Could aliens that breathe helium and hydrogen live on exoplanets throughout the cosmos?
A new study of life on Earth suggests it’s possible. And if so, that would mean the hunt for life in the universe may need to look beyond oxygen-bathed planets to ones with seemingly inhospitable atmospheres. There is no question that an oxygen atmosphere is conducive to life — after all, it’s what we breathe on Earth. But oxygen isn’t common in the cosmos. It makes up about 0.1% of the mass of the universe. Far more common is hydrogen (92%) and helium (7%). The planet that dominates the solar system is Jupiter and its atmosphere is 90% hydrogen and 10% helium, with just traces of other elements. Rocky planets like Earth, with atmospheres bereft of hydrogen and helium, are only a small component of star systems.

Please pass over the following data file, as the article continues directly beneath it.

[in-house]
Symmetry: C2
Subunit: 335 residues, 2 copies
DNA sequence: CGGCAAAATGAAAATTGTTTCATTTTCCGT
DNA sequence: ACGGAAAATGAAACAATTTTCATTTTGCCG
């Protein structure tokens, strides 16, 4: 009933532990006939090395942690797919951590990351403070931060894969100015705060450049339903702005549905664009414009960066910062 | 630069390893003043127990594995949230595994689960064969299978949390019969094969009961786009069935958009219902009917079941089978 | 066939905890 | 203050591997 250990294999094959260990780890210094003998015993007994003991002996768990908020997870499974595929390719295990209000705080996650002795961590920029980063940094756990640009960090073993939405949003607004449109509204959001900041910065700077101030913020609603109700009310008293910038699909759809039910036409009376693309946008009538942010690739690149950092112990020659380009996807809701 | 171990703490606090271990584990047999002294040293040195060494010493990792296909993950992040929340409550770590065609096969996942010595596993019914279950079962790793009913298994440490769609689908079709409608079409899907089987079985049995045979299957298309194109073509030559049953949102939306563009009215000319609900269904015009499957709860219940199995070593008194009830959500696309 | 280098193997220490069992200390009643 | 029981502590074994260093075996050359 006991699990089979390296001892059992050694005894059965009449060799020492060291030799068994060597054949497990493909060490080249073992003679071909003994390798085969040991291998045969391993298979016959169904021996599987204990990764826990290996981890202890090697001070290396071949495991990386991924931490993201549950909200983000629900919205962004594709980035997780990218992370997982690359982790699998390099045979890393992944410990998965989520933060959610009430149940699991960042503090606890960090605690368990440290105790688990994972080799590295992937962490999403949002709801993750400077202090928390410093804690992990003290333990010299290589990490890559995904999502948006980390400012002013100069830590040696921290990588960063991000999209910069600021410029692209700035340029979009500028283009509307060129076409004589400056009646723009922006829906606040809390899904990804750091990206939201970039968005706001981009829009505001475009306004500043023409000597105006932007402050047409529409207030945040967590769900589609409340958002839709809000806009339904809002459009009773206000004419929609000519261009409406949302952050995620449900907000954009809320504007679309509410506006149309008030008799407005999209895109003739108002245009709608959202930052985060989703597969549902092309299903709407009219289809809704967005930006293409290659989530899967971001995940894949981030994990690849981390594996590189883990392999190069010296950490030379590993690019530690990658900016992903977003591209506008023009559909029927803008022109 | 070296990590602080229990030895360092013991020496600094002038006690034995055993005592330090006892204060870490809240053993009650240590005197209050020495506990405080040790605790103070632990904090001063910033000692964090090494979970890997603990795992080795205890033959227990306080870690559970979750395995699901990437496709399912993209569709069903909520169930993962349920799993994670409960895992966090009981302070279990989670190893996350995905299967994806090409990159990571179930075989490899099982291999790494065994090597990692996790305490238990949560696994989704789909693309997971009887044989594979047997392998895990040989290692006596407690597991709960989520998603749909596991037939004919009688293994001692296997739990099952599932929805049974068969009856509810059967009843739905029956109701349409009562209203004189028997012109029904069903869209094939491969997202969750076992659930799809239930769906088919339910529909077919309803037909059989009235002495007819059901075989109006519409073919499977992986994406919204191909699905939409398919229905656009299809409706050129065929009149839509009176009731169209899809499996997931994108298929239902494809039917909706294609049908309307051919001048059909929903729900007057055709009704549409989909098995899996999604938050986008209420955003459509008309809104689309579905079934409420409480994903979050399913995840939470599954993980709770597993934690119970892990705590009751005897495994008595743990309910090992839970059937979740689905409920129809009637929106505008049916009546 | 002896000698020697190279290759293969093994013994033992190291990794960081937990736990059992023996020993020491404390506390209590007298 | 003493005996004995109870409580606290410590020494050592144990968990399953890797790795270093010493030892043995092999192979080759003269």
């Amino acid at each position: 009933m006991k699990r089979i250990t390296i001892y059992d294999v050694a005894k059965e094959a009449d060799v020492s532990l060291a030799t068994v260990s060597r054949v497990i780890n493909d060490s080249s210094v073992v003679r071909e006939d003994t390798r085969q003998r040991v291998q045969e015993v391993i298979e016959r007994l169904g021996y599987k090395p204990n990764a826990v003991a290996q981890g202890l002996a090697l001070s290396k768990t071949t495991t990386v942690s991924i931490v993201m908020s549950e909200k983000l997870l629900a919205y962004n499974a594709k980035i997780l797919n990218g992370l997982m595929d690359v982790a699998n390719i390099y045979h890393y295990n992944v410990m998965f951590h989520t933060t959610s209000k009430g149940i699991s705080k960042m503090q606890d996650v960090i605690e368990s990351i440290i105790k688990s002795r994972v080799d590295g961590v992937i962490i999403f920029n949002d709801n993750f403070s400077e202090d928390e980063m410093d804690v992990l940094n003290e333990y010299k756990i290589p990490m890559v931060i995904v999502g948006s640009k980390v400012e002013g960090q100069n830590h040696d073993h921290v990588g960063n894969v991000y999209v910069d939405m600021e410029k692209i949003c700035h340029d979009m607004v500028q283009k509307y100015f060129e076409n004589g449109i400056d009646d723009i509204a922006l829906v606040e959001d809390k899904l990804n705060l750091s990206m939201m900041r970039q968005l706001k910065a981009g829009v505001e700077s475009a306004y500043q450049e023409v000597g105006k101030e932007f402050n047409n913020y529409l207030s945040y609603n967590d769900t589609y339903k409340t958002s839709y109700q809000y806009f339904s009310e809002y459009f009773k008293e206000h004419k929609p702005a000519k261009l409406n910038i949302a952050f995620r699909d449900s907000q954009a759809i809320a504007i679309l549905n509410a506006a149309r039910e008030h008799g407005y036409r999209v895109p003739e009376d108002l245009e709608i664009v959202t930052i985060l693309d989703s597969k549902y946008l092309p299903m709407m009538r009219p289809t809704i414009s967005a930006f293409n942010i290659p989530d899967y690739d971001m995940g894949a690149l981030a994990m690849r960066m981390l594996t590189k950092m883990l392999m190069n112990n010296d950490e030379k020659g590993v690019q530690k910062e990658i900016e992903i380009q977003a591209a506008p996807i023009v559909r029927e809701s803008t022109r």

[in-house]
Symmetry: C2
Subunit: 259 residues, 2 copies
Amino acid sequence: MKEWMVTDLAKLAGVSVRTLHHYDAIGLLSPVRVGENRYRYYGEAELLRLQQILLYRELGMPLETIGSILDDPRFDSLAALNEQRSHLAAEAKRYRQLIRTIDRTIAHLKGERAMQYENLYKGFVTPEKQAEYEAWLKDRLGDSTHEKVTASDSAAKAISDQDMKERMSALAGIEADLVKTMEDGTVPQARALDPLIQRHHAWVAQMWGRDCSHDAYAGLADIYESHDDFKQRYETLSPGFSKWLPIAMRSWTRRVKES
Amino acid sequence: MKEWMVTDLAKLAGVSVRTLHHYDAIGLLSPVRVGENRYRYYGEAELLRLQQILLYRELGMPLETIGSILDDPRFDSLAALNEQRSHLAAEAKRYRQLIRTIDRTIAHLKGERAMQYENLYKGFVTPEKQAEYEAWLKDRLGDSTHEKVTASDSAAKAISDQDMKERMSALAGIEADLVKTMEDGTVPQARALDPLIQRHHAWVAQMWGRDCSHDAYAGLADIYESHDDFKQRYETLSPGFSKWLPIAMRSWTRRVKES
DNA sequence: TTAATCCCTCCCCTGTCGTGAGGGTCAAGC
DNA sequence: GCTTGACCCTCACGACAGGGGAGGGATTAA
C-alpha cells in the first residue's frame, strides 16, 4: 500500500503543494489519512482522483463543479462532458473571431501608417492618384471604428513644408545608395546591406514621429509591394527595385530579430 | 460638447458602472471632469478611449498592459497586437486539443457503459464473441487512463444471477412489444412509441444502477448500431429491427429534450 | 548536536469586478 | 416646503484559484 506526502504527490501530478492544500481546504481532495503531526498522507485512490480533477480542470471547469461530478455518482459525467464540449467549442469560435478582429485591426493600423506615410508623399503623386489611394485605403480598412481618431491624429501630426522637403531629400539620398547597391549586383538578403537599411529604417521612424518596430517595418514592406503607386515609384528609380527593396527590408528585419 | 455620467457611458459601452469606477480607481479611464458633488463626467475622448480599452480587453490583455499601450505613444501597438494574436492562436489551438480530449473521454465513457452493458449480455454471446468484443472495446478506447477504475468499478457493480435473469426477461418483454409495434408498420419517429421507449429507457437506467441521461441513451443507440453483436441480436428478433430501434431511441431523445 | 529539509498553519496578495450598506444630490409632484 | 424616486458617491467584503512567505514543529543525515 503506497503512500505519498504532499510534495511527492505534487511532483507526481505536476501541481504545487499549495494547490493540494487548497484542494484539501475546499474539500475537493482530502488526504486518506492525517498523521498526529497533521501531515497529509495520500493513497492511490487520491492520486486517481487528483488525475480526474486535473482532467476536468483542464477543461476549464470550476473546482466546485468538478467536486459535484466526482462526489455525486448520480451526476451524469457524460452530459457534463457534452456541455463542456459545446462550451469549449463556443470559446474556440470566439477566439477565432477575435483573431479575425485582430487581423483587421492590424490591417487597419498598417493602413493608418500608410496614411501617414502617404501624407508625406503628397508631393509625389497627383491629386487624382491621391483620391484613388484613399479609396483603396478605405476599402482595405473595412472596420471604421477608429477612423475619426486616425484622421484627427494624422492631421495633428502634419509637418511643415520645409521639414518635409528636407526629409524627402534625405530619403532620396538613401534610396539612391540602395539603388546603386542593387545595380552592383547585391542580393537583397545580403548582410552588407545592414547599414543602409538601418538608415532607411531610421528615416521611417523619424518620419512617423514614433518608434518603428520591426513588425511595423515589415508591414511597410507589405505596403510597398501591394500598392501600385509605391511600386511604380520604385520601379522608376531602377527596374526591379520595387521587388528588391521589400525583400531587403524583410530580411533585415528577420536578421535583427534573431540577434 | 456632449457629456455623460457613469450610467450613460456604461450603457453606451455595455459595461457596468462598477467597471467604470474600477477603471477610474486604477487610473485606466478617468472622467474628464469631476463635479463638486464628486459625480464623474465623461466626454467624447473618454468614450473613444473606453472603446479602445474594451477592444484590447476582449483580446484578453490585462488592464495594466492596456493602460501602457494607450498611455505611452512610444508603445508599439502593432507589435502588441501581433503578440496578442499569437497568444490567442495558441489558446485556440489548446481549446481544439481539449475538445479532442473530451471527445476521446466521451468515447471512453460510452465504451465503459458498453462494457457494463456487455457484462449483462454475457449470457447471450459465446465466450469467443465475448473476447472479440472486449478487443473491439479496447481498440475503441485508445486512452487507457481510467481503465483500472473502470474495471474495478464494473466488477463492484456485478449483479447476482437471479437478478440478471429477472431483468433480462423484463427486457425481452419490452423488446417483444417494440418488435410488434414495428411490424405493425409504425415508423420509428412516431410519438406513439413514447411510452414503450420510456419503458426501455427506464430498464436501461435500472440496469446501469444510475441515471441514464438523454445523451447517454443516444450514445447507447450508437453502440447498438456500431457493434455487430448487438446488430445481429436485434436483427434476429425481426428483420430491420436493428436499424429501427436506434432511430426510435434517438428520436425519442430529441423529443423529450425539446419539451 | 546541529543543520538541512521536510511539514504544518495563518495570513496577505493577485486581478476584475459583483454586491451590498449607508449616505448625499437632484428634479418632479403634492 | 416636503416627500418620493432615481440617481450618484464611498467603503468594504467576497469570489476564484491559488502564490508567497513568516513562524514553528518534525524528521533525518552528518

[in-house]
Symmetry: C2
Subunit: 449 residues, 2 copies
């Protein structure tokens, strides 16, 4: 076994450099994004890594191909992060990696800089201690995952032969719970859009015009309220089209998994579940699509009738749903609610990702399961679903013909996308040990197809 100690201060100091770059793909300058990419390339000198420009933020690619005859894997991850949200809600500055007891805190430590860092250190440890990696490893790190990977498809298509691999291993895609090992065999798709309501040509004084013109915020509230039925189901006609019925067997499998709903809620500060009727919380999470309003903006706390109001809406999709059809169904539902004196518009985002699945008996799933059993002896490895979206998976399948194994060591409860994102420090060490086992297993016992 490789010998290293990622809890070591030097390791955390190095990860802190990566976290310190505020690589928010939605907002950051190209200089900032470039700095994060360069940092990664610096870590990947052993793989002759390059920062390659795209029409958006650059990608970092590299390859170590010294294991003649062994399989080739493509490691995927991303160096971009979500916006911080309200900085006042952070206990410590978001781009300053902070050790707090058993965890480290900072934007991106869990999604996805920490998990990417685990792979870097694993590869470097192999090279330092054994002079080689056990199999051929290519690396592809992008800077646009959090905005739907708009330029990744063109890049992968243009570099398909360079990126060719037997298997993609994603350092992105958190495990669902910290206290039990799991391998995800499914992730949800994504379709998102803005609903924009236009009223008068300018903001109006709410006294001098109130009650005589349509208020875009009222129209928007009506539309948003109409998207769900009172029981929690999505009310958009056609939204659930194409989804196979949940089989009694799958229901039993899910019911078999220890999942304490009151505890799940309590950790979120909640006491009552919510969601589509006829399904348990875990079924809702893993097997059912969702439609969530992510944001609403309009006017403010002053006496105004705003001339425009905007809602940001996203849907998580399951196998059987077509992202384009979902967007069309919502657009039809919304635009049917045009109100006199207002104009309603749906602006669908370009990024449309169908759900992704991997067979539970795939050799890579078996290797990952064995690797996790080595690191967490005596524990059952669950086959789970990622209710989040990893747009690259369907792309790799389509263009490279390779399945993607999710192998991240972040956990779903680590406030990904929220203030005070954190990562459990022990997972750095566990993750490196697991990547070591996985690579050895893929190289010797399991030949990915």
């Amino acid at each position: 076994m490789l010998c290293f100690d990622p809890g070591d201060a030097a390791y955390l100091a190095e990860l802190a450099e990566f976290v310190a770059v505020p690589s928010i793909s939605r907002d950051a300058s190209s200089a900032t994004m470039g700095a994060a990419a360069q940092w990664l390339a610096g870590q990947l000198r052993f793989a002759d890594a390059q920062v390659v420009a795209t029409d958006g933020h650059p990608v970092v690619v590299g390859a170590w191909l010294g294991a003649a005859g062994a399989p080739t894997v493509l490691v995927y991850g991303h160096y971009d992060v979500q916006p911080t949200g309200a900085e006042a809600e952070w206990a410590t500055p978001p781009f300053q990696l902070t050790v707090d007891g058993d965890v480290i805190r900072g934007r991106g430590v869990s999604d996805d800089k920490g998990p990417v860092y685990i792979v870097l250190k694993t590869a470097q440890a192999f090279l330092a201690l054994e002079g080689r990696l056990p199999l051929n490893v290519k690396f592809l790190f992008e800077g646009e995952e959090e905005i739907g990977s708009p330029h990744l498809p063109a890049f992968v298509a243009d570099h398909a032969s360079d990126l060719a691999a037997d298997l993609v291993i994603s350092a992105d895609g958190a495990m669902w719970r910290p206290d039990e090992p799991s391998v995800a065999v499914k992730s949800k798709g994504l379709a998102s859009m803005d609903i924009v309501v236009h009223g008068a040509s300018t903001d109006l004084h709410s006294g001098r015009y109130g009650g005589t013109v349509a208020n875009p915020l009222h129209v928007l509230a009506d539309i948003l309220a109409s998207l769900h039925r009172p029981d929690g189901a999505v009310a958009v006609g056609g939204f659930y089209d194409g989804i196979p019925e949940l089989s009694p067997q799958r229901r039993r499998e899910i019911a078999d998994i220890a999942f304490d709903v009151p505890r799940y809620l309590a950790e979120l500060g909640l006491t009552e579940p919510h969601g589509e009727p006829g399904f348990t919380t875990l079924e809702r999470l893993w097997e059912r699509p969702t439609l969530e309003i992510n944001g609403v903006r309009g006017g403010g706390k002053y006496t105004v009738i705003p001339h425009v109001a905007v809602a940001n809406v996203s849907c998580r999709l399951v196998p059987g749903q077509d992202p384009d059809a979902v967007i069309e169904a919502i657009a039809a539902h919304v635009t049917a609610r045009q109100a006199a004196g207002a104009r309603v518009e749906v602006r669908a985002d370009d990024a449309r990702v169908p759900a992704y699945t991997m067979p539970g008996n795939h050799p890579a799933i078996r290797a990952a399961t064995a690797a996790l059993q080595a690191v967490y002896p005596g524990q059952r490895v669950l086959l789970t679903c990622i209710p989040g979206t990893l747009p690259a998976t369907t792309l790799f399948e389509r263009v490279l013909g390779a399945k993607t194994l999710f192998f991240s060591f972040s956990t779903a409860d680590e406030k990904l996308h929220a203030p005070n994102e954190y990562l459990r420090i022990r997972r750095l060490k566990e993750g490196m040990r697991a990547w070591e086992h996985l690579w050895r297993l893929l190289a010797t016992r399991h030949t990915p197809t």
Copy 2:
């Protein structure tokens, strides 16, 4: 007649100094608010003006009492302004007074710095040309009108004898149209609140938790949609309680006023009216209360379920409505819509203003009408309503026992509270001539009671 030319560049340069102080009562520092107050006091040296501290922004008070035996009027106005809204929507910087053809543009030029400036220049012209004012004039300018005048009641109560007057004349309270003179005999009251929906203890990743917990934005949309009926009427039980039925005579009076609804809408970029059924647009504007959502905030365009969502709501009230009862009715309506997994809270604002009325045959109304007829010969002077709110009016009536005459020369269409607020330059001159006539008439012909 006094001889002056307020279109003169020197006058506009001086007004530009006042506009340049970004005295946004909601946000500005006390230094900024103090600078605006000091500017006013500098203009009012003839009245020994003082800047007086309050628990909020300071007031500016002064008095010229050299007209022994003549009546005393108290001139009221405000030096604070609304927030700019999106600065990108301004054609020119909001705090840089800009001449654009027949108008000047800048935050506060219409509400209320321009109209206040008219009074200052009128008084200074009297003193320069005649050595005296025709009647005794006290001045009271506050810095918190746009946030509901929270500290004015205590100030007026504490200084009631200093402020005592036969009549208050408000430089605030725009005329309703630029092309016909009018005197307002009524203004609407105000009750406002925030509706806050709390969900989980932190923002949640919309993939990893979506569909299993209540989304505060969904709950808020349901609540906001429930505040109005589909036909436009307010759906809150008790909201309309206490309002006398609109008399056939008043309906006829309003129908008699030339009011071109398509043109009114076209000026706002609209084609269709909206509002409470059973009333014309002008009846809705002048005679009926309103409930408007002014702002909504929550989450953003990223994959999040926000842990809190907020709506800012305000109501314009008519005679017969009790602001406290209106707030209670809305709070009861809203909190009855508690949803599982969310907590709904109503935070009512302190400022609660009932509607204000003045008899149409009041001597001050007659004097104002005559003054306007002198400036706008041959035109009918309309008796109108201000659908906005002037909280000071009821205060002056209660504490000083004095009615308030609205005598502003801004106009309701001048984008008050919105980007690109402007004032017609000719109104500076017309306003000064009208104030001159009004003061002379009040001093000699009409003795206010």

With such a predominance of hydrogen and helium in the universe, it would be useful to understand whether atmospheres composed of these elements could support life. Researchers led by planetary scientist Sara Seager at MIT set out to find out if they could. They chose two forms of Earth life that could exist without oxygen: E. coli, a bacteria found in the guts of many animals, including humans; and ordinary yeast, a fungus used to bake bread and make beer, and which is hard to find in stores these days.